Eye and Vision (Mar 2023)
Subconjunctival filtration in evolution: current evidence on MicroShunt implantation for treating patients with glaucoma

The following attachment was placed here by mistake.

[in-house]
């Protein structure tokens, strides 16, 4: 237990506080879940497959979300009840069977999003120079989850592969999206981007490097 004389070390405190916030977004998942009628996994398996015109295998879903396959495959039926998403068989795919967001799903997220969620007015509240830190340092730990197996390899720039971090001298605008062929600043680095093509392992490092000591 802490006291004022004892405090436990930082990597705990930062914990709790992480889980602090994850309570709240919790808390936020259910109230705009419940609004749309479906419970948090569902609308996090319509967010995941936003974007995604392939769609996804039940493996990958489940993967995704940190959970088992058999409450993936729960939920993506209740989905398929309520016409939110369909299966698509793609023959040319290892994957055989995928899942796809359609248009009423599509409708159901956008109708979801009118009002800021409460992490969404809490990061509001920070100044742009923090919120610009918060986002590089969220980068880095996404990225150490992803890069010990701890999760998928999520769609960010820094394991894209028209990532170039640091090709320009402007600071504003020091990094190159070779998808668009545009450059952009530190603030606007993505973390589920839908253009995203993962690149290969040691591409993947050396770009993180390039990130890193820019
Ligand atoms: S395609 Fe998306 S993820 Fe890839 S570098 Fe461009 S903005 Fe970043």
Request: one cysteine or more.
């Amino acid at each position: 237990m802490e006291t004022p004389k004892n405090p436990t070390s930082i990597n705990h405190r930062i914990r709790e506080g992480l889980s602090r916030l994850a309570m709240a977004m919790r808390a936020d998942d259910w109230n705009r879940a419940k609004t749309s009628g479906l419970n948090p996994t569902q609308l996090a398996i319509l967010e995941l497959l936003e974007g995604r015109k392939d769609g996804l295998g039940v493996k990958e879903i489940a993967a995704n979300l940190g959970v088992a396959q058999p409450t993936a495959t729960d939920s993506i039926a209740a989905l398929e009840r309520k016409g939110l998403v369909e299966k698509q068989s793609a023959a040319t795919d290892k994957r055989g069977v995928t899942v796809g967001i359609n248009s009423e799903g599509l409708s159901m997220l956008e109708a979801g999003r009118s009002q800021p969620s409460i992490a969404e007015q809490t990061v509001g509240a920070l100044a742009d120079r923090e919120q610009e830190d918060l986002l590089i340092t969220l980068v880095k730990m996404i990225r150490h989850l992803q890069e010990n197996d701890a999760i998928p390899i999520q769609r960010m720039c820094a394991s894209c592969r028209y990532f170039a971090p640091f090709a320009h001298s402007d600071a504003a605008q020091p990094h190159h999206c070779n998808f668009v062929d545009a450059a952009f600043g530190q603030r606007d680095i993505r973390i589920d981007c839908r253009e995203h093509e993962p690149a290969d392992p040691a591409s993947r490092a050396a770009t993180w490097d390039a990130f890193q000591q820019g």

Abstract Background Although traditional surgical procedures for glaucoma (such as trabeculectomy and tube-shunt implantation) can significantly reduce intraocular pressure (IOP), they are associated with numerous complications, some of which are vision-threatening, or involve prolonged recovery or a highly intensive postoperative course. Micro-invasive glaucoma surgery (MIGS) procedures have shown better safety but reduced efficacy in achieving target IOP. Combinations of these methods have led to the development of subconjunctival micro-invasive procedures with safety comparable to traditional surgery and greater efficacy than minimally invasive methods. This review describes the use of one of these devices, the poly(styrene-block-isobutylene-block-styrene) (SIBS)-based PreserFlo MicroShunt (Santen, Emeryville, CA), in the surgical treatment of patients with glaucoma. Main text The MicroShunt is an 8.5-mm tube made of an inert polymer with no endplate, an internal diameter of 70 μm, and fins intended to prevent peritubular flow and anchor the device within the sclera to prevent proximal migration into the eye. Following ab externo implantation, the tube provides a conduit for flow of aqueous humor from the anterior chamber into the subconjunctival/sub-Tenon space. Clinical trials to date have shown that, when paired with mitomycin C (MMC) treatment, MicroShunt implantation significantly reduced both IOP and the number of glaucoma medications. These IOP-lowering results were found both when surgery was performed alone and with phacoemulsification. The MicroShunt also showed a safety profile comparable to that of traditional filtering surgery. Conclusions The MicroShunt and other novel subconjunctival procedures have shown substantial IOP reductions while mitigating hypotony-related complications. MMC, which modulates fibrosis and scarring postoperatively, is essential to surgical success. Randomized, long-term clinical trials will further clarify the role of controlled micro-incisional device-assisted ab externo glaucoma filtering surgery in long-term glaucoma management.